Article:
A young man went to a Zen master. After practicing for a time the student went off on his own with instructions to faithfully send a letter to the master every month, giving an account of his spiritual progress.
In the first month, the student wrote, “I now feel an expansion of consciousness and experience of oneness with the universe.”
The master glanced at the note and threw it away.
Next month this is what the letter said: “I finally discovered the holiness that is present in all things.”
The master seemed vaguely disappointed.
A month later, the disciple enthusiastically explained, “The mystery of the one and the many has been revealed to my wondering gaze.”
The master yawned.
Two months later another letter arrived: “No one is born, no one lives, no one dies, for the self is an illusion.”
The master threw up his hands in despair, because each letter was asking for a response, “Is this it? Is this it? Is this it?”
After that, a month passed, then two, three, five, and then a whole year. The master thought it was time to remind the disciple of his duty to keep him informed of his spiritual progress. So he sent the student a letter. The disciple wrote back, “Who cares what you think?”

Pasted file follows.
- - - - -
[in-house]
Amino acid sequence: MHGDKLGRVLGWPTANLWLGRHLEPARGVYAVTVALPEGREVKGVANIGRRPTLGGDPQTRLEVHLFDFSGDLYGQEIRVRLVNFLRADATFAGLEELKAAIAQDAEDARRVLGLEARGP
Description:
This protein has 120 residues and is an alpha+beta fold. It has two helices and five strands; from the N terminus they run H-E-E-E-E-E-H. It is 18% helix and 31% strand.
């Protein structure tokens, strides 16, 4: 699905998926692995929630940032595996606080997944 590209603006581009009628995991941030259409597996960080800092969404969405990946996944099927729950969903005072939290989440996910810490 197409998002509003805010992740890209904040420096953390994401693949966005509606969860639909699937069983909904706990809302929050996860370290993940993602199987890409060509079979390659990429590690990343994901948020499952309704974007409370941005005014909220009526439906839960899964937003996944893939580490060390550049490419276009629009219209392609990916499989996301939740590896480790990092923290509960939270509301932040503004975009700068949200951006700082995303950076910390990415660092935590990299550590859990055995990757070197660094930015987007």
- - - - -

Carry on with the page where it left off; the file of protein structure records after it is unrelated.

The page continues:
When the master read those words, a great look of satisfaction spread over his face. “Finally, he got it!”
Source: Based on Jack Kornfield, After the Ecstasy, The Laundry:
How the Heart Grows Wise on the Spiritual Path
(Bantam, 2001) page 119
Of course I care about what you think and I will listen intently to what you have to say and be present to what you have to share, but regardless of your thoughts and your words of advice, I know that many of life journeys I have to take unassisted. Some paths are meant to be navigated by me and me alone. There will always be friends at the end of that road – to wipe your brow and perhaps give you a pat on the back for reaching the end of your quest unscathed, but the passage itself is a solitary journey.
Some paths are meant to be navigated by you and you alone. There will always be friends at the end of that road – companions to wipe your tears and your sweat, fellow seekers to give you a pat and speak a word of encouragement – but the passage itself is a solitary journey.